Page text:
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Posted on in Family Law

DuPage County family lawyer, cohabitation agreementMany couples decide to live together without getting married—one partner may have already divorced and does not want to remarry. When couples decide to cohabitate, there are several legal and financial decisions that the couple needs to decide.

Illinois marriage law gives spouses certain rights, and if a cohabiting couple wants similar rights, they must establish these rights through a cohabitation agreement. A cohabitation agreement can help you and your partner decide what happens during your relationship and if it ends.

Why Would We Need a Cohabitation Agreement?


nonmarital propertyAside from child custody issues, property division can be one of the most contentious issues in a divorce. Illinois courts apply principles of equitable distribution when determining which party should end up with what property at the end of the divorce. The first step during the property division process is generally classifying property as marital or nonmarital. The issue of contribution, however, can complicate this process during the very first step.

What is It?

The issue of contribution in regards to property division involves the situation where one party adds value to a particular piece of property that the other spouse claims to be nonmarital.  Think of the following example:


Posted on in Divorce

pet custodyEveryone knows custody can be one of the most contentious issues in a divorce. What may shock people is those custody disputes don’t always only involve children – human children, that is. Increasingly, couples are feuding over pet custody during their divorce proceedings.

According to a recent survey of the American Academy of Matrimonial Lawyers, 27 percent of those attorneys who responded said they noticed an increase in the number of clients fighting for custody of a pet during the last five years. Of those disputes, they also noted an overwhelming 88 percent of those animals caught in the middle of the custody fight were dogs.

Illinois Laws Used When Pets are an Issue


property division illinois divorceDuring a divorce proceeding, the parties may attempt to come to an agreement about the way in which they will divide their marital property between them. However, if they are unable to come to an agreement, or if their agreement is found to be unfair and unconscionable, it is up to the Illinois Courts to divide the marital estate between the divorcing parties in a way it sees fit. The court employs the law as a guideline in making a property determination within a divorce decree.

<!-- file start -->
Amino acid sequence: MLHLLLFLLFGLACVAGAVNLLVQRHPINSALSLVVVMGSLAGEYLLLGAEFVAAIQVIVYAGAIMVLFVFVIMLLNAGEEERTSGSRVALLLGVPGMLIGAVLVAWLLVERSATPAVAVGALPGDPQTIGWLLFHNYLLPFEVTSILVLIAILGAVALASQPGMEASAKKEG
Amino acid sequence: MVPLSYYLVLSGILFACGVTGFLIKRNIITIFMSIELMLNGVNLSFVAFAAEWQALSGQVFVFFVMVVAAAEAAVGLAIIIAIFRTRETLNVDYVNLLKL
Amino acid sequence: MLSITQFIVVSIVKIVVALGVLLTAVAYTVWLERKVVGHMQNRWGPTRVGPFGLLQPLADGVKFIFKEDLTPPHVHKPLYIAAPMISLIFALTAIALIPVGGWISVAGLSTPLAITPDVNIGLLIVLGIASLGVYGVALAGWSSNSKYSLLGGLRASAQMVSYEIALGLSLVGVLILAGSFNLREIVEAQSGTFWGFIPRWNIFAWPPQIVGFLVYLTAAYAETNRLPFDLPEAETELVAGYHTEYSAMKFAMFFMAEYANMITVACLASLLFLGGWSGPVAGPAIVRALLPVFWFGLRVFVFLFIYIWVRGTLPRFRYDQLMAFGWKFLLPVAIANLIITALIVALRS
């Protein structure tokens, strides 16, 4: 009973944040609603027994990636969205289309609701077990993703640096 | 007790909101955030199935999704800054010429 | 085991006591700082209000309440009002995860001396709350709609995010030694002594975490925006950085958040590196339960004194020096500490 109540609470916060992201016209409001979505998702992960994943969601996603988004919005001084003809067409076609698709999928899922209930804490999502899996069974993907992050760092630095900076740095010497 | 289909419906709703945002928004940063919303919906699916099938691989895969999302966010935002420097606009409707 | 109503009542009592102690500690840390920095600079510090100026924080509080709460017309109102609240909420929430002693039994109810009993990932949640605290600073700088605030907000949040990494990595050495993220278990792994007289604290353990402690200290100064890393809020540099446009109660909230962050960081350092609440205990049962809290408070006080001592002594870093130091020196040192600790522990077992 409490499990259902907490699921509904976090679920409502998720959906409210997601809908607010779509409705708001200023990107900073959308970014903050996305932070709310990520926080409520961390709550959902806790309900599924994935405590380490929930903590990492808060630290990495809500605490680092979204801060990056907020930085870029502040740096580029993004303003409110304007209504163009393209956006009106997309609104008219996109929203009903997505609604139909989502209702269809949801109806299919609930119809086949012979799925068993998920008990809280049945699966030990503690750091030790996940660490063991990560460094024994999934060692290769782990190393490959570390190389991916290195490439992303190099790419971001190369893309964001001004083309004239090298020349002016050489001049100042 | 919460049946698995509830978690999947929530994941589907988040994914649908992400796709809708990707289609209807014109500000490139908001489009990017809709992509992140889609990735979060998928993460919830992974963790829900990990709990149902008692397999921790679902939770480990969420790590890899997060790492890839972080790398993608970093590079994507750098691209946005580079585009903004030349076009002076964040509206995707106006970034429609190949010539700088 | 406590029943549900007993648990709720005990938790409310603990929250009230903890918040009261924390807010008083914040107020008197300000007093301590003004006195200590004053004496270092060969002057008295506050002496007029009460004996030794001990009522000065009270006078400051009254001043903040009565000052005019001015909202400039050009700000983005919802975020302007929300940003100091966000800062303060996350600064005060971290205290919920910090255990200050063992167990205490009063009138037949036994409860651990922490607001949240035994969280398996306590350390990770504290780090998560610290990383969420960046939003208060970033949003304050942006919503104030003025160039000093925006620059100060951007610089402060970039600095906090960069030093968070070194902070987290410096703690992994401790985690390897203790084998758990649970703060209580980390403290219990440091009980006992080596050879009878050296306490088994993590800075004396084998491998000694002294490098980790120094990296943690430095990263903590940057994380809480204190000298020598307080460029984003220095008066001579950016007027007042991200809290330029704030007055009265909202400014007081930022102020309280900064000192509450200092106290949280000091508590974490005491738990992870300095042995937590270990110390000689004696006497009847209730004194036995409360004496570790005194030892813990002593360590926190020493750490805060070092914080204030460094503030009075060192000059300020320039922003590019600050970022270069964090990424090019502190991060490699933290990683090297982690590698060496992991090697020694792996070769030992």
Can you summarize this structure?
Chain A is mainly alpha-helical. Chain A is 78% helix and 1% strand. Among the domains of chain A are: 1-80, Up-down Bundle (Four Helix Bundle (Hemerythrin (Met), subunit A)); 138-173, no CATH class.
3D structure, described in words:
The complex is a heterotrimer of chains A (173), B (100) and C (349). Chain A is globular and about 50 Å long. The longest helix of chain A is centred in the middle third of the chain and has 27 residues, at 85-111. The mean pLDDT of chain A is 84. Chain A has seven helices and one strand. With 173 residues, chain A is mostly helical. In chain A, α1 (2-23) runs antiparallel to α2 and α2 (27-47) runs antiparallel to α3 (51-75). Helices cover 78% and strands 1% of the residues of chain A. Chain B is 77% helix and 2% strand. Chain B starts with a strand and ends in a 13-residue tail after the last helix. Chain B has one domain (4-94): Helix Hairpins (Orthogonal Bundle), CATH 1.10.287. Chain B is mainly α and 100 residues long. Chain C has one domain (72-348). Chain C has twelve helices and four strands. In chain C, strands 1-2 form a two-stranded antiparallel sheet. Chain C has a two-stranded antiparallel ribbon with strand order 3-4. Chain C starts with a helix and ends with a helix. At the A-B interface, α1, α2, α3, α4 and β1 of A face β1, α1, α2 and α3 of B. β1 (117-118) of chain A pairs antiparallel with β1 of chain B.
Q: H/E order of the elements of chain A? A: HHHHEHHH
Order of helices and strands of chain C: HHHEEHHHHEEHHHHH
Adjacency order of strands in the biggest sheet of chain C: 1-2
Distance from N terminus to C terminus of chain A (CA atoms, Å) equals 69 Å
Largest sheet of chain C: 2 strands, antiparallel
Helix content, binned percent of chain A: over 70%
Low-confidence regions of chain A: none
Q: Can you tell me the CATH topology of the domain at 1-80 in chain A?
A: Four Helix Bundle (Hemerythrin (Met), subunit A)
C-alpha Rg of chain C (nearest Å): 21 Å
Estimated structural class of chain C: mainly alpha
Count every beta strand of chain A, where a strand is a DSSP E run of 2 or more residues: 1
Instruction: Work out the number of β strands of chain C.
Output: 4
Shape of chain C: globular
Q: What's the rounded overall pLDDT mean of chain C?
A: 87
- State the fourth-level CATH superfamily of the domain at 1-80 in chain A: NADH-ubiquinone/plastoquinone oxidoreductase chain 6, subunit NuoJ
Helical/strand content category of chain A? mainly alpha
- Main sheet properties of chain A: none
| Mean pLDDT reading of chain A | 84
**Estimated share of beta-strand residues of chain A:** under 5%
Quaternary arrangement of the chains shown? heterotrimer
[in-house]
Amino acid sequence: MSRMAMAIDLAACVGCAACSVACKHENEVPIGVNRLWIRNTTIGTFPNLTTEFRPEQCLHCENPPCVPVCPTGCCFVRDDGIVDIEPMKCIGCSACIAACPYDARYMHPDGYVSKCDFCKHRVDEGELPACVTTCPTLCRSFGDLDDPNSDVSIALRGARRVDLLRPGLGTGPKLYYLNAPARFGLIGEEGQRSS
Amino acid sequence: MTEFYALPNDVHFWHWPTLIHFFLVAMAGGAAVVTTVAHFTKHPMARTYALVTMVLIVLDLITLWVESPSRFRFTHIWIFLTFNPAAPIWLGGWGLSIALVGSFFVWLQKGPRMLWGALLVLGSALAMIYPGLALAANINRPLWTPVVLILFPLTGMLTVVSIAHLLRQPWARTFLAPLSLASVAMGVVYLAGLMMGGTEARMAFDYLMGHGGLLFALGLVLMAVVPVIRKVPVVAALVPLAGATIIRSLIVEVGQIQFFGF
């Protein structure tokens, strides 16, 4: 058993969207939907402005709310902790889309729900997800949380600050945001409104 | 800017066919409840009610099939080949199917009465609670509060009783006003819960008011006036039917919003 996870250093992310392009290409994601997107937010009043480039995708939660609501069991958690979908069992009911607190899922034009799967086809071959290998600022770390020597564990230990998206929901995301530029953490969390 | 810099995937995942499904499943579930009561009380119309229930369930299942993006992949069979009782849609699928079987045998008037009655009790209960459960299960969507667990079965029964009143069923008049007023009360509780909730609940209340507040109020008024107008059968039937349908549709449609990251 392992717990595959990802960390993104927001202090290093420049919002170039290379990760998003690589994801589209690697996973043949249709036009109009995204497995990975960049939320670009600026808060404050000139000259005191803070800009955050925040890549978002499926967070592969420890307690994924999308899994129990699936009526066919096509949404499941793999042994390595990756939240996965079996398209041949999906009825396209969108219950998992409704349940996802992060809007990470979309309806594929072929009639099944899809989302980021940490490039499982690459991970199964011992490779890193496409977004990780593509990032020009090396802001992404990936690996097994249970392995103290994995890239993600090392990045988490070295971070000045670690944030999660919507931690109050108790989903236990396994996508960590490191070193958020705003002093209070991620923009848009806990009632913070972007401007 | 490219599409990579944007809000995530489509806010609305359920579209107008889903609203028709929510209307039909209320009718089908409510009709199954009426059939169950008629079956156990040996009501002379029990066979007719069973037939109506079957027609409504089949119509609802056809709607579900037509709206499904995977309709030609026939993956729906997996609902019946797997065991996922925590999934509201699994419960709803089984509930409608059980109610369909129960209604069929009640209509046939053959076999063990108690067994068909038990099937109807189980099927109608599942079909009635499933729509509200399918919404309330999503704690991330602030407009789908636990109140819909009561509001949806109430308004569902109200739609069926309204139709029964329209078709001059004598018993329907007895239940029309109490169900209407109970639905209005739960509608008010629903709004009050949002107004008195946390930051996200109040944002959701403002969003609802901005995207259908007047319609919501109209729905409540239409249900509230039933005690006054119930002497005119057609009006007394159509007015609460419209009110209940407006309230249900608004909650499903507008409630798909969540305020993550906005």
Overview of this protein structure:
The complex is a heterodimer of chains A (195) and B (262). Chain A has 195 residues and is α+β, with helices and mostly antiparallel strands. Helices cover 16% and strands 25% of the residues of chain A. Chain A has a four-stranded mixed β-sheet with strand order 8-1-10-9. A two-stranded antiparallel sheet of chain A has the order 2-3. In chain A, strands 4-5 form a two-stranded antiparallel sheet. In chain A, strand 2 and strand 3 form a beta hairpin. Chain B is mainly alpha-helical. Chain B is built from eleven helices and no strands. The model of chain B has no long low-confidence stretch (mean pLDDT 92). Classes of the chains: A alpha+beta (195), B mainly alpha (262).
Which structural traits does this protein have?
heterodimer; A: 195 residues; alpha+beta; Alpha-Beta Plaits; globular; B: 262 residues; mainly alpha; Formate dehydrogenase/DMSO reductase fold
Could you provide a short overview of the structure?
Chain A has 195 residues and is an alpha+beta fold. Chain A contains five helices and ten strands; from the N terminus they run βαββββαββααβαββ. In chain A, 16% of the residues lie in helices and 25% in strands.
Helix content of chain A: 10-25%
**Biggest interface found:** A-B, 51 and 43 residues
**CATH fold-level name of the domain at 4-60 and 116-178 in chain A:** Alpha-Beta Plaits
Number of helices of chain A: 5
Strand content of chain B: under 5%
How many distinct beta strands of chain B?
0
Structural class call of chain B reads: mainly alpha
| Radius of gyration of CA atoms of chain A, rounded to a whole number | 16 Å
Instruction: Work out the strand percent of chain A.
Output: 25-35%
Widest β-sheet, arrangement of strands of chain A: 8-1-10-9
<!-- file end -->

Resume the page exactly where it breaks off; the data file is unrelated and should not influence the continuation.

Equitable Distribution

Illinois state law follows the concept of equitable distribution in dividing marital property. This allows the court to make a property determination based on fairness and may not involve a perfect 50/50 split of marital property awarded to each party. The court will separate what is classified as marital property from what is considered separate property, and will equitably divide the marital property between divorcing spouses.


property division, divorce, Illinois divorce lawyer, marital property, nonmarital propertyOf the many concerns that present themselves throughout a divorce case, one is that many parties may have could be about dividing their marital property and other assets. While it may not be a top priority of some couples who plan to divorce, it may be of paramount concern to others, depending on the couple’s circumstances and financial situation. A judge hearing a divorce case has discretion in this area, but the law of the state of Illinois does provide important guidance for consideration on the issue.

Illinois Law 

While many may believe that property is equally divided among the parties in the event of divorce, this is simply not always the case. According to Illinois law, the state follows the doctrine of equitable distribution, which means that marital property is divided in a fair way, but that does not necessarily equate to half to one spouse and half to the other. The specific term is “just proportions,” which refers to a number of factors that a court must consider in making its determination about property division among divorcing spouses. Factors the court may consider include, but are not limited to, the following:

 Each spouse’s contribution to marital property;
  •  Each spouse’s contribution to homemaking;
  •  Any waste of property;
  •  The length of the marriage;
  • Any debt obligations;
  • The relative age and health of each spouse;
  •  Custody terms set for any minor children; and
  • Tax consequences.

It is important to note that the court’s determination is not limited to just one of these factors, such as which spouse made more money during the marriage. A spouse’s non-financial contributions to the marriage will also be equally considered by a judge, especially in the case where the marriage lasted a number of years and one spouse was responsible for maintaining the home and raising children.

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